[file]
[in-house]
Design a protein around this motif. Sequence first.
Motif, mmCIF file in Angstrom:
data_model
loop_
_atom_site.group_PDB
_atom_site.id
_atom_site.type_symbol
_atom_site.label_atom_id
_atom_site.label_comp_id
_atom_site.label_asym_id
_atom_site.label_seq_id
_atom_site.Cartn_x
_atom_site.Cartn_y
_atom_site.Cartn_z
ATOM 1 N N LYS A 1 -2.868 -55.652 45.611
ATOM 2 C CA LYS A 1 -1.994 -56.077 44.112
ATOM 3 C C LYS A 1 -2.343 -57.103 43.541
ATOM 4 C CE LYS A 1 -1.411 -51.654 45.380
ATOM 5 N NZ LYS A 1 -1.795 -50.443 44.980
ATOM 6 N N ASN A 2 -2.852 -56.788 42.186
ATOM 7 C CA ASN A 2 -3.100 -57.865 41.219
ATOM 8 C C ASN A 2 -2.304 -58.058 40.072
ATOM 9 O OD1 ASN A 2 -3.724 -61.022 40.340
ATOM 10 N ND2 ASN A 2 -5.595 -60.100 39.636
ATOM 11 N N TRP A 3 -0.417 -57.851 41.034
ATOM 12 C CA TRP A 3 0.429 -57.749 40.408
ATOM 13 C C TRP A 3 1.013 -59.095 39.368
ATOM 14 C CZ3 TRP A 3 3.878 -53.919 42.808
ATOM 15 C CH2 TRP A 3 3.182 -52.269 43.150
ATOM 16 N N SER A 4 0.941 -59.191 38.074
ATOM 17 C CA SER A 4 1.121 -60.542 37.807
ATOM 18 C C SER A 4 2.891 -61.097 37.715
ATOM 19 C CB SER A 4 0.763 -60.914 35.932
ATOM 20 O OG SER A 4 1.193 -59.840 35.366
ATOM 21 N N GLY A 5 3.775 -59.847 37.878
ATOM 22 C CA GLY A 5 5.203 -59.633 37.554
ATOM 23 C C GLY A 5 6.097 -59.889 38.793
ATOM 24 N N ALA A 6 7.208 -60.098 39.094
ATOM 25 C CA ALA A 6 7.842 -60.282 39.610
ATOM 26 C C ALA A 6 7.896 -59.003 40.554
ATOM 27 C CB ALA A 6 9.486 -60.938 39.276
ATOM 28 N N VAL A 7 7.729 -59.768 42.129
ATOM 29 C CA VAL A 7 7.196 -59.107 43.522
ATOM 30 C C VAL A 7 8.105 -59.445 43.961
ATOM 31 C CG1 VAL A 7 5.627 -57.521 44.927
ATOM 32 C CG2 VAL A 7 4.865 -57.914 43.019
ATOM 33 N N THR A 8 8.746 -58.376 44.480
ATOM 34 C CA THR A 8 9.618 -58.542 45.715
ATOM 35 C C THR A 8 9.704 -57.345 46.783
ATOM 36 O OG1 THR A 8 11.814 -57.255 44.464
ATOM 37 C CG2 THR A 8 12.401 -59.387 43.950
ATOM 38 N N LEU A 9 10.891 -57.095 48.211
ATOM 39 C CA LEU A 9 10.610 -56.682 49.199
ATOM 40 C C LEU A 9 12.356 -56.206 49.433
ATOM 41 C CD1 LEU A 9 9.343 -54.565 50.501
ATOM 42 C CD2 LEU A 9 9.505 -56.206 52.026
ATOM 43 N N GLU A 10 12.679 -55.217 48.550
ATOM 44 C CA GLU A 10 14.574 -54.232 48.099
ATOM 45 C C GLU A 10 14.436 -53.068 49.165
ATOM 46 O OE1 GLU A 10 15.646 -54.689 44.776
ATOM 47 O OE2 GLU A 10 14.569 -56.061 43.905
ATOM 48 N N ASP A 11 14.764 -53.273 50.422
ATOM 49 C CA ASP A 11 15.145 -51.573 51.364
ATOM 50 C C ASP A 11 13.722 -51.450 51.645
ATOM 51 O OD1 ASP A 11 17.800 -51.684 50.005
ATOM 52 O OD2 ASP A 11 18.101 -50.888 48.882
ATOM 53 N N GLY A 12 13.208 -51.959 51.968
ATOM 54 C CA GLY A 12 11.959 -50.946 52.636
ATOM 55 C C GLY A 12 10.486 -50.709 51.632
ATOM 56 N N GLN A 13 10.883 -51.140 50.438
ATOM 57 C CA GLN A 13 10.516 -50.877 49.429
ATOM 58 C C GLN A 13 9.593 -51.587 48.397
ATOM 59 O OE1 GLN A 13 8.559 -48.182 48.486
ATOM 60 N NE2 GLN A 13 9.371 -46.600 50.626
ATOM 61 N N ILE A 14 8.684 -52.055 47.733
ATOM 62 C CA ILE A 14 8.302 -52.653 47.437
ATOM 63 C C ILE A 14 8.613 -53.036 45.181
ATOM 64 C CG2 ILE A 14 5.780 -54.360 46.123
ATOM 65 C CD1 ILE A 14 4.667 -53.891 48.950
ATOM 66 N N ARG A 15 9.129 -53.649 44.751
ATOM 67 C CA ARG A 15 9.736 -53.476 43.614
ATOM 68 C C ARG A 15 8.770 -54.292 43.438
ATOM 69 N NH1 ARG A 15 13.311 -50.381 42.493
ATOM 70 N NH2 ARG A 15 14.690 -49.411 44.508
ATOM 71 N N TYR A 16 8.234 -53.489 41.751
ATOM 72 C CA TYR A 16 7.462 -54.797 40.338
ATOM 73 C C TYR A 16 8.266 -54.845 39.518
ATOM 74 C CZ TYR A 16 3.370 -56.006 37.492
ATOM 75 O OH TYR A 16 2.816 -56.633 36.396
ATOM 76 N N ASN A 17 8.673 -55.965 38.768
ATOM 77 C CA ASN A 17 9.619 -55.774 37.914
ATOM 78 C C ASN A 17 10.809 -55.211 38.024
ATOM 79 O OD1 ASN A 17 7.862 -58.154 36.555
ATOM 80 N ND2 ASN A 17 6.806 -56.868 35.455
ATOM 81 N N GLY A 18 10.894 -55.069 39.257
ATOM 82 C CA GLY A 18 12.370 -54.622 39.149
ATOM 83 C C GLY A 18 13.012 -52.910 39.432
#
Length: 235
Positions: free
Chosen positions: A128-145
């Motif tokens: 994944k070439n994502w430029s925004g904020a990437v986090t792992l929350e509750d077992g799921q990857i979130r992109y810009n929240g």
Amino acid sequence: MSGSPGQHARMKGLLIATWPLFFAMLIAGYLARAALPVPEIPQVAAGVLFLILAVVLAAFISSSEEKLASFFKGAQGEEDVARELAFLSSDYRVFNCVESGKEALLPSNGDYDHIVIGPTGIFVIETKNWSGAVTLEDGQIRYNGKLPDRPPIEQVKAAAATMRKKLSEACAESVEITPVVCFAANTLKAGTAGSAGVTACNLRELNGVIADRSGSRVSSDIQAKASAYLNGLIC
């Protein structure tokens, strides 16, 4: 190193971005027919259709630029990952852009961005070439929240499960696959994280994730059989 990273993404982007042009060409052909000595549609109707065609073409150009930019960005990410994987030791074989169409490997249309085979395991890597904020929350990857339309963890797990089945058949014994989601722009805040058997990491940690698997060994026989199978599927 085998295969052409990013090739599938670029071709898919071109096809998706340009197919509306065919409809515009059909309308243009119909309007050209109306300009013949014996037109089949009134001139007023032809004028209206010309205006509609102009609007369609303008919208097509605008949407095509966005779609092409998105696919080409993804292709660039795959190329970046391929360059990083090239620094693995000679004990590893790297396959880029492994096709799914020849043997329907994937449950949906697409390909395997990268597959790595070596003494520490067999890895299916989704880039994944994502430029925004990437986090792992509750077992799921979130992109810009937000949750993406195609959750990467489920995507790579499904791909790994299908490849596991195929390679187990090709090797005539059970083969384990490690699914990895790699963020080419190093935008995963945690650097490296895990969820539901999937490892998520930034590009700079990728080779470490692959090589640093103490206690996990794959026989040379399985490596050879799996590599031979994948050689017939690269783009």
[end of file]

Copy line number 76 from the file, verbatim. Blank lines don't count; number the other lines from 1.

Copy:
ATOM 61 N N ILE A 14 8.684 -52.055 47.733